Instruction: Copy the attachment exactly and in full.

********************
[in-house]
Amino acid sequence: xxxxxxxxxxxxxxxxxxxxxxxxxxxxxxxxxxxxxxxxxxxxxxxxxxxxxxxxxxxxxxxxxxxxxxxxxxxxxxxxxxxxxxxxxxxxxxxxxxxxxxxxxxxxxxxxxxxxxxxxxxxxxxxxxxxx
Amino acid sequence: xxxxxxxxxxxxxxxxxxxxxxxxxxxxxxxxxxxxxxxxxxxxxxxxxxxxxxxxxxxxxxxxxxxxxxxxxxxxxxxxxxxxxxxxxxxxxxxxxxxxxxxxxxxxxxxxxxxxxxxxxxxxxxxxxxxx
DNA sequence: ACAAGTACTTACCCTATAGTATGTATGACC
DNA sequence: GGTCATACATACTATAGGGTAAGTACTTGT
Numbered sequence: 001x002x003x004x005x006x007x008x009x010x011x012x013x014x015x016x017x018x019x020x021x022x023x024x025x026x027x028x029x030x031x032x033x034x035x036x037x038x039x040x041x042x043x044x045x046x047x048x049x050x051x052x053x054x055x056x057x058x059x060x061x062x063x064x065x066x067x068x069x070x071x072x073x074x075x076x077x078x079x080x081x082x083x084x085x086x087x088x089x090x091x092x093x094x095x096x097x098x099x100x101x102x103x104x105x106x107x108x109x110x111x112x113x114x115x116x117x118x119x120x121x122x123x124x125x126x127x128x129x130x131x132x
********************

[in-house]
Amino acid sequence: xxxxxxxxxxxxxxxxxxxxxxxxxxxxxxxxxxxxxxxxxxxxxxxxxxxxxxxxxxxxxxxxxxxxxxxxxxxxxxxxxxxxxxxxxxxxxxxxxxxxxxxxxxxxxxxxxxxxxxxxxxxxxxxxxxxx
Amino acid sequence: xxxxxxxxxxxxxxxxxxxxxxxxxxxxxxxxxxxxxxxxxxxxxxxxxxxxxxxxxxxxxxxxxxxxxxxxxxxxxxxxxxxxxxxxxxxxxxxxxxxxxxxxxxxxxxxxxxxxxxxxxxxxxxxxxxxx
DNA sequence: ACAAGTACTTACCCTATAGTATGTATGACC
DNA sequence: GGTCATACATACTATAGGGTAAGTACTTGT
Numbered sequence: 001x002x003x004x005x006x007x008x009x010x011x012x013x014x015x016x017x018x019x020x021x022x023x024x025x026x027x028x029x030x031x032x033x034x035x036x037x038x039x040x041x042x043x044x045x046x047x048x049x050x051x052x053x054x055x056x057x058x059x060x061x062x063x064x065x066x067x068x069x070x071x072x073x074x075x076x077x078x079x080x081x082x083x084x085x086x087x088x089x090x091x092x093x094x095x096x097x098x099x100x101x102x103x104x105x106x107x108x109x110x111x112x113x114x115x116x117x118x119x120x121x122x123x124x125x126x127x128x129x130x131x132x